Psalm 119:160 says, 'All your words are true; all your righteous laws are eternal.'
But do we accept the Bible is true just because it tells us so? Isn’t this circular reasoning?
There are four main reasons why we can affirm that the Bible is reliable and trustworthy.
First, the Bible can stand alone as a coherent text. It provides a comprehensible and consistent worldview. Particularly, the Bible makes accurate sense of our world. It diagnoses the problem of our brokenness and provides the solution for our restoration, found in the saving work of Jesus Christ.
The idea of objective truth has been under assault in our postmodern world. Many young people are troubled by this undermining of Scripture as true. However, this misconception has begun to be debunked. Truth can be objective. Instead, for contemporary thinkers, it is our human ability to fully know truth that is in doubt. Humans are limited in our capacity to know truth because we are so bound to our context (including our historical location and culture). This should cause us to be humble because we are fallible (that is, our knowledge is limited).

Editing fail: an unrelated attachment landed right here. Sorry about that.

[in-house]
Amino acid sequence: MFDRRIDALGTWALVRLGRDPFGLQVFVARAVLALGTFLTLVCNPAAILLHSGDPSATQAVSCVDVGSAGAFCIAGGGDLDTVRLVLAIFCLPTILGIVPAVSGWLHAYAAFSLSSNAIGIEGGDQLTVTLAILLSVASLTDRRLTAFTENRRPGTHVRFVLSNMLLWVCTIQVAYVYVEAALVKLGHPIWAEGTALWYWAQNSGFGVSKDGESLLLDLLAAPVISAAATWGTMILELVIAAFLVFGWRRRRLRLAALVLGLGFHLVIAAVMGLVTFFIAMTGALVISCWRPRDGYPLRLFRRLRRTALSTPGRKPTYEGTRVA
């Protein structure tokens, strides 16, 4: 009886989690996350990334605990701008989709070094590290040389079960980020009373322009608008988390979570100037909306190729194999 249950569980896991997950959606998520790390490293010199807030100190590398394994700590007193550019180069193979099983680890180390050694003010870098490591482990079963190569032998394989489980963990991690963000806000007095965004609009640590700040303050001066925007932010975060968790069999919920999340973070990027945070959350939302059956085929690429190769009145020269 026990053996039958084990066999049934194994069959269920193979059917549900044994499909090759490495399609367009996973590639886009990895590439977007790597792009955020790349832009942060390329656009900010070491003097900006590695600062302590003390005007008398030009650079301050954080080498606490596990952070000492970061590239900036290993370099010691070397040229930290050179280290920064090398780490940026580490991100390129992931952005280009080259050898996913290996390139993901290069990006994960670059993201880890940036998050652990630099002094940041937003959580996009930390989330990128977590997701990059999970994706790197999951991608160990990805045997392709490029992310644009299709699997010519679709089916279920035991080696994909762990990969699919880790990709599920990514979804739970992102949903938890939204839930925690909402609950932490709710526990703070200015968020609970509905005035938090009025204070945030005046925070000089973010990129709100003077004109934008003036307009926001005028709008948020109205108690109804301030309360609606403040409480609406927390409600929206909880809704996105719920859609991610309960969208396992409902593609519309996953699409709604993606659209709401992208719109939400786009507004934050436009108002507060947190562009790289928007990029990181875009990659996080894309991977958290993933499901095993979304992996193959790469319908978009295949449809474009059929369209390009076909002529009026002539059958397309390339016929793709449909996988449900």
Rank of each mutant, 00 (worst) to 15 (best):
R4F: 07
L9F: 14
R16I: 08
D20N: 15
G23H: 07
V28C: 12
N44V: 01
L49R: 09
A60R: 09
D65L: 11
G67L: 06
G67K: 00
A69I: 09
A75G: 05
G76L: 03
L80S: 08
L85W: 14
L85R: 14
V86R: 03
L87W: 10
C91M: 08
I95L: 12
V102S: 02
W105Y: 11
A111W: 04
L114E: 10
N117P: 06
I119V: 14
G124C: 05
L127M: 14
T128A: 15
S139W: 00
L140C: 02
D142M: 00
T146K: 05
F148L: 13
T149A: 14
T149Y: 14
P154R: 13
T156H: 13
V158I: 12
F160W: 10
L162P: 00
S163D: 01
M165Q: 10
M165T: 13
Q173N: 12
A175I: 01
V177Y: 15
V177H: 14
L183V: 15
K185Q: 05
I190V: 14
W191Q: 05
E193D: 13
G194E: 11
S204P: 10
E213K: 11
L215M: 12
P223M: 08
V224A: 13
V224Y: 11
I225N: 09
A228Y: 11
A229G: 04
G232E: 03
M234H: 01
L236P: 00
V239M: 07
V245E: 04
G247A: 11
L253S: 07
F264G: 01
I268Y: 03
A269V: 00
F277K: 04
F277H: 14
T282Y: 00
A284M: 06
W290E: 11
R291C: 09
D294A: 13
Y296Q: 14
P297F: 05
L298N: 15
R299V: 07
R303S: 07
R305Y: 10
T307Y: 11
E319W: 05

Secondly, the Bible is trustworthy because God is trustworthy. This reminds us that Scripture itself is not divine but it is “God-breathed” (2 Tim 3:16). The origins of Scripture in the Triune God give us confidence that the words of the Bible are true. The reliability of the Bible is grounded in God’s eternal, unfailing and self-less love. This includes our infallible God’s ability to reveal truth, and by His Spirit to lead us (who are fallible) into all truth (John 16:13).
Thirdly, there is external data that validates the historical reliability of the Bible. This includes archaeological evidence that verifies many of the events and people to which the Bible refers. There is especially an overwhelming amount of evidence for the historical person of Jesus Christ, his life, death and resurrection. The authenticity of the gospel records of Jesus are well attested, affirming the integrity of the texts handed down to us.
Fourthly, experience is another way by which we can affirm the Bible as trustworthy. Pentecostals often emphasise that Scripture is experientially true. This is a valid approach. We can testify that the Word of God brings transformation and speaks truth. Our testimony to the truth of the Bible as experienced in our own lives reinforces the Bible’s claims.
God’s Word is living and powerful. The Bible is informative, applicable, and true in all it affirms. To this we say “Amen!” (which means: “it is true”).